WASHINGTON DC —
While most consumers are up in arms with the government over what most people are calling the import ban on a number of products, Buy Zimbabwe Campaign, a non-governmental lobbyist group, has applauded the gazetting of a statutory instrument restricting the importation of some goods.
The instrument was suspended after shoppers rioted at the Beitbridge Border post recently and is set to be effected at the end of this month.
Goods that now require a permit to be brought into the country include coffee creamers (Cremora), camphor creams, white petroleum jellies and body creams and goods categorized as builders’ ware like wheelbarrows structures and parts of structures of iron or steel (bridges and bridges section, lock gates, towers, lattice masts, roofs, roofing frameworks, doors, windows and their frames and threshold for doors, shutters, balustrade, pillars and columns) and plates, rods, angles, shapes section and tubes prepared for use in structures of iron and steel ware, were also on the list of the restricted products.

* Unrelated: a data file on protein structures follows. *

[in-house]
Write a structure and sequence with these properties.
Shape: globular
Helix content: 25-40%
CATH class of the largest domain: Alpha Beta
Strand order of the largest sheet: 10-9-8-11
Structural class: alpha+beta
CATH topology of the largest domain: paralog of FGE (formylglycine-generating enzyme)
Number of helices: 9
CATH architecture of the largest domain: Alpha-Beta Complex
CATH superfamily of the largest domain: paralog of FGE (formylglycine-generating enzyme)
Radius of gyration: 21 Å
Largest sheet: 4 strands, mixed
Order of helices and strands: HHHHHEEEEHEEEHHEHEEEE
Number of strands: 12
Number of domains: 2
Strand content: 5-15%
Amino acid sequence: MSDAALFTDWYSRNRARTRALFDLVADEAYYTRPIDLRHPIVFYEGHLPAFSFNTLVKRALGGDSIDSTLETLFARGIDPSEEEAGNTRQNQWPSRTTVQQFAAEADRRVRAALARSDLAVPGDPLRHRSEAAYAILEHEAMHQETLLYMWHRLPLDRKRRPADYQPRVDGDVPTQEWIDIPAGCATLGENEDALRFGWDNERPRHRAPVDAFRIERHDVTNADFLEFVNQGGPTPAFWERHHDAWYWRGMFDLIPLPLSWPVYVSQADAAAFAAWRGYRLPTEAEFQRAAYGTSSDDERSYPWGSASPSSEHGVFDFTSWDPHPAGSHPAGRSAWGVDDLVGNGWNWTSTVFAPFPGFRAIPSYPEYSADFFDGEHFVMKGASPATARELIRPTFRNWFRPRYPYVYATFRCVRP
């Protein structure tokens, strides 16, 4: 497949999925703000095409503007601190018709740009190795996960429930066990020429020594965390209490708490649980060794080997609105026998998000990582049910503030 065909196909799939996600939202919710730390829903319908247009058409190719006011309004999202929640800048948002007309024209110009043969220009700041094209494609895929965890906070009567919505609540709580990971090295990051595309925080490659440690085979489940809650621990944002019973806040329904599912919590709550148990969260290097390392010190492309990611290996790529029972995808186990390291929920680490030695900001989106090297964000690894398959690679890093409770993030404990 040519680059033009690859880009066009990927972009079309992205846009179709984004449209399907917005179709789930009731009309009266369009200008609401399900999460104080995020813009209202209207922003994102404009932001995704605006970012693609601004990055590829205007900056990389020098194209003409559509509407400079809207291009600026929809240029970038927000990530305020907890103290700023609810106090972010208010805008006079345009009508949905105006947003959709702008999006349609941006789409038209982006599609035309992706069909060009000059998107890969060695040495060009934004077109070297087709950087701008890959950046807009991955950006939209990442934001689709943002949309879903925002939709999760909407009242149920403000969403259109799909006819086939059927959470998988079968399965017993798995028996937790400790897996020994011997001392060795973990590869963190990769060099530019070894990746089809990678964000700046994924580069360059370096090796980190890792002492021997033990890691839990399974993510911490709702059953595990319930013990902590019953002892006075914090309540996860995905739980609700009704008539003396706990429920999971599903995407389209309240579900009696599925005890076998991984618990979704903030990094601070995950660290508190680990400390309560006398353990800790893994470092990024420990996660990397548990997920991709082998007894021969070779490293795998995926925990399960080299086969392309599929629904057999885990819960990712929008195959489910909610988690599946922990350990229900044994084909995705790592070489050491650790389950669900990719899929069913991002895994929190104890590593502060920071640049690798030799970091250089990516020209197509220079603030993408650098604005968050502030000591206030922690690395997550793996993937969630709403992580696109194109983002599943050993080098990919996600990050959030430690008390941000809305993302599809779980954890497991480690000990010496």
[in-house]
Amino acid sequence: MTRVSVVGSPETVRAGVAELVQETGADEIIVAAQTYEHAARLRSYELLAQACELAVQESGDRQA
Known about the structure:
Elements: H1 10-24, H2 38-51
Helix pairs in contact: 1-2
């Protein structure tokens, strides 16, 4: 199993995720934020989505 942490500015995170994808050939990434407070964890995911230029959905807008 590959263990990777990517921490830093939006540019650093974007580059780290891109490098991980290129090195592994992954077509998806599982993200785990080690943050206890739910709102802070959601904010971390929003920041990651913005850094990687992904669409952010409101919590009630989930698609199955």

Included in the list is furniture, baked beans, potato crisps, cereals, bottled water, mayonnaise, salad cream, peanut butter, jams, maheu, canned fruits and vegetables, pizza base, yoghurts, flavoured milks, dairy juice blends, ice-creams, cultured milk and cheese
The government argues that the amendment of the statutory instrument, which was formulated by the Rhodesian government in 1974 as a way of countering sanctions, is a timely measure to reign in the ballooning import bill.
Buy Zimbabwe Campaign chief executive officer, Munyaradzi Hwengwere, said the amendment does not ban imports.
“What they have done is to apply some delegation that allows the country to deal with the challenges that are in the country and what that means is that they have put up an administrative measure that has listed a number of products that are available in Zimbabwe,” he said.